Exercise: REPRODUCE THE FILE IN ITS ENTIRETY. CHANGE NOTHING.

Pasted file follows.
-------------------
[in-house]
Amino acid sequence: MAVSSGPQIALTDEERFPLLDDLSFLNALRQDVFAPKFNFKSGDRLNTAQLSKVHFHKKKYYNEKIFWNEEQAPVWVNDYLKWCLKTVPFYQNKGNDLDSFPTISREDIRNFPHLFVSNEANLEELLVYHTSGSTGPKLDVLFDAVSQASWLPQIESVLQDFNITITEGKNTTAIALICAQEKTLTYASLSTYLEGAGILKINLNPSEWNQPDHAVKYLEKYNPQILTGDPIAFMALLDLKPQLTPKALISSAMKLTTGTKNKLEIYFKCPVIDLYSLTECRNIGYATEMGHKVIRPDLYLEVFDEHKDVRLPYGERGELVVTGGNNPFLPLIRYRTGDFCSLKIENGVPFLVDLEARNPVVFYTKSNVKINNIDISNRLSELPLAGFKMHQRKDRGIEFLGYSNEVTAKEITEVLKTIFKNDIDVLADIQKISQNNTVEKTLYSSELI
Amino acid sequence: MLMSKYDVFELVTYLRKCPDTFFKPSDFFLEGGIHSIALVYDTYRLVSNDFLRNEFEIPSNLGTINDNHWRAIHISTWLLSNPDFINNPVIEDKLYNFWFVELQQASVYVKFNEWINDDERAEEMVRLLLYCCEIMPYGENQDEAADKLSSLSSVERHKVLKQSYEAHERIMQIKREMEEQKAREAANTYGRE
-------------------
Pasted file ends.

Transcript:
[in-house]
Amino acid sequence: MAVSSGPQIALTDEERFPLLDDLSFLNALRQDVFAPKFNFKSGDRLNTAQLSKVHFHKKKYYNEKIFWNEEQAPVWVNDYLKWCLKTVPFYQNKGNDLDSFPTISREDIRNFPHLFVSNEANLEELLVYHTSGSTGPKLDVLFDAVSQASWLPQIESVLQDFNITITEGKNTTAIALICAQEKTLTYASLSTYLEGAGILKINLNPSEWNQPDHAVKYLEKYNPQILTGDPIAFMALLDLKPQLTPKALISSAMKLTTGTKNKLEIYFKCPVIDLYSLTECRNIGYATEMGHKVIRPDLYLEVFDEHKDVRLPYGERGELVVTGGNNPFLPLIRYRTGDFCSLKIENGVPFLVDLEARNPVVFYTKSNVKINNIDISNRLSELPLAGFKMHQRKDRGIEFLGYSNEVTAKEITEVLKTIFKNDIDVLADIQKISQNNTVEKTLYSSELI
Amino acid sequence: MLMSKYDVFELVTYLRKCPDTFFKPSDFFLEGGIHSIALVYDTYRLVSNDFLRNEFEIPSNLGTINDNHWRAIHISTWLLSNPDFINNPVIEDKLYNFWFVELQQASVYVKFNEWINDDERAEEMVRLLLYCCEIMPYGENQDEAADKLSSLSSVERHKVLKQSYEAHERIMQIKREMEEQKAREAANTYGRE